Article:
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What Is Pollen Count?

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  • Written By: Debra Durkee
  • Edited By: Daniel Lindley
  • Last Modified Date: 16 June 2014
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The pollen count is a number that indicates the amount of airborne allergens that are present per cubic meter of air. These numbers are compiled by volunteers at institutions such as universities, medical centers, research facilities, and clinics, and have been an important part of the weather forecast since the beginning of the 20th century. The higher the pollen count, the more severely allergy sufferers will feel their symptoms.

Volunteer agencies collect samples of the air on clear, sticky surfaces. The sample is viewed under a microscope, and each grain of pollen is counted and identified. The pollen count includes all the possible allergens in the air during the past 24 to 72 hours. Based on these numbers, projections are made as to how much pollen will be in the air for anywhere up to the next four days.

Pollen counts are given on a scale of zero to 12. Pollen are microscopic molecules that are light and dry; easily carried by the wind, a single type of pollen can impact a large area. Typically, pollen counts are given for city-wide or county-wide areas, as the process is a time-consuming one that can involve hours of work.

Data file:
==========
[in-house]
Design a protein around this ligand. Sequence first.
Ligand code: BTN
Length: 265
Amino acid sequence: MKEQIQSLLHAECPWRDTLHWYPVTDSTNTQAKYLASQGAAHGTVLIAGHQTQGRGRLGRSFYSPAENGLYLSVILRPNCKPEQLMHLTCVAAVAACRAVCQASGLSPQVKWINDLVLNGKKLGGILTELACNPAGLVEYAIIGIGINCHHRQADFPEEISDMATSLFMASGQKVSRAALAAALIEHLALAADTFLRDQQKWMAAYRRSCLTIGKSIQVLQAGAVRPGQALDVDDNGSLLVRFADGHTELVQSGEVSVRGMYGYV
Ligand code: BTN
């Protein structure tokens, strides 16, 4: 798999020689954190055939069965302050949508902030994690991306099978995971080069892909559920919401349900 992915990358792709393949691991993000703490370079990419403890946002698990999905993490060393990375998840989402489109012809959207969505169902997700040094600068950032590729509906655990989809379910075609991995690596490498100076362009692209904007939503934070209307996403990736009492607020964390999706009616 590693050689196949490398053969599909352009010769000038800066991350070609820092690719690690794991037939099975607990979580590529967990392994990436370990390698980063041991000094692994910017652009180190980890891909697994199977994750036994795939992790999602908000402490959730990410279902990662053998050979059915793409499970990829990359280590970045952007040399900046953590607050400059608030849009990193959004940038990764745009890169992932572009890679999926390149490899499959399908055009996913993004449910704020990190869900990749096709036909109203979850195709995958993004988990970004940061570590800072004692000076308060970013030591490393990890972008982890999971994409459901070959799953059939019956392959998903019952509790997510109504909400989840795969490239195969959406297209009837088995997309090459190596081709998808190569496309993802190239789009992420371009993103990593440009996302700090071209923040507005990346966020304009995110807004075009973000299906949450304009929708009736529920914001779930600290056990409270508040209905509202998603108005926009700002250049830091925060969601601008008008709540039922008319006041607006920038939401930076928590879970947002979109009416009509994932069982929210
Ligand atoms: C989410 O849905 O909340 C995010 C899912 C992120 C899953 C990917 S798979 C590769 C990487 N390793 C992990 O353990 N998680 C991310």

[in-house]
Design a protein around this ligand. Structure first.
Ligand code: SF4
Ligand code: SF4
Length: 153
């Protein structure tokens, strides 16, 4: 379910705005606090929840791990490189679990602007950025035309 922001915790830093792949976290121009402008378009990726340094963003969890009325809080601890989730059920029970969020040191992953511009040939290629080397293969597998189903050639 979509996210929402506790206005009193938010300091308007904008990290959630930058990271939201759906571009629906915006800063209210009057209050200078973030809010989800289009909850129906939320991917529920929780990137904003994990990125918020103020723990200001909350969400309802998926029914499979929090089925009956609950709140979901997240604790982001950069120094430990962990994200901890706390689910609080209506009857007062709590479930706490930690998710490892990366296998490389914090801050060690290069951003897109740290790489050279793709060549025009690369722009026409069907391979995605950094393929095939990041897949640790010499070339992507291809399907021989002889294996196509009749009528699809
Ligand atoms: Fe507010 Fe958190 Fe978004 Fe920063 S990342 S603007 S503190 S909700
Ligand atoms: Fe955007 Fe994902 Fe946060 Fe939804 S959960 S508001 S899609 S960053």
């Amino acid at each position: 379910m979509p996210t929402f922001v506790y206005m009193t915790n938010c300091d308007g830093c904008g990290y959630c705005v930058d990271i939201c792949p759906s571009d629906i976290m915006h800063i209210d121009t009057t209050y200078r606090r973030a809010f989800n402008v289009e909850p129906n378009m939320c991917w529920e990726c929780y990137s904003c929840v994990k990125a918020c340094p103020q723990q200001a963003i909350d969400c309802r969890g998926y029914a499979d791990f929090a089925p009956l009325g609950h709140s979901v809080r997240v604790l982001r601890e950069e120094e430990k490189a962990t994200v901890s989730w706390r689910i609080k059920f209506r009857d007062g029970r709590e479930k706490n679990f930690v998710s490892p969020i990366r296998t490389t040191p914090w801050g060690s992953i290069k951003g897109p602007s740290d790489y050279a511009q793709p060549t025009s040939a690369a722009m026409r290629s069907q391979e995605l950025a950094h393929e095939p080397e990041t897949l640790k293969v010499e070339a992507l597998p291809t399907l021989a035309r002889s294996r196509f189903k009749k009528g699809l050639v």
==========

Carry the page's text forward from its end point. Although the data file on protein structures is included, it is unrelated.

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Air sampling devices are often placed on rooftops or in other open spaces, allowing for a collection sample from a wide area. There are more than 1,200 plants, trees, flowers, and weeds that can potentially cause allergies, and these are all measured in the pollen count. The pollen in the air is dependent on the season, although related plants can cause similar reactions in sensitive people. While exact pollen counts vary from year to year, those who follow them will learn when to expect a spike in the pollens that impact their health the most.

Pollen counts are never exact, and numbers taken in the same city can be quite different. Weather conditions can have a drastic impact on numbers, as one sample collected after a rainstorm will have a considerably lower pollen count than one taken in the same city before the rain. The location of the air samplers can also result in different readings, especially if one is located in the middle of a developed area and the other is on the outskirts of town, near a park, or in close proximity to more vegetation.

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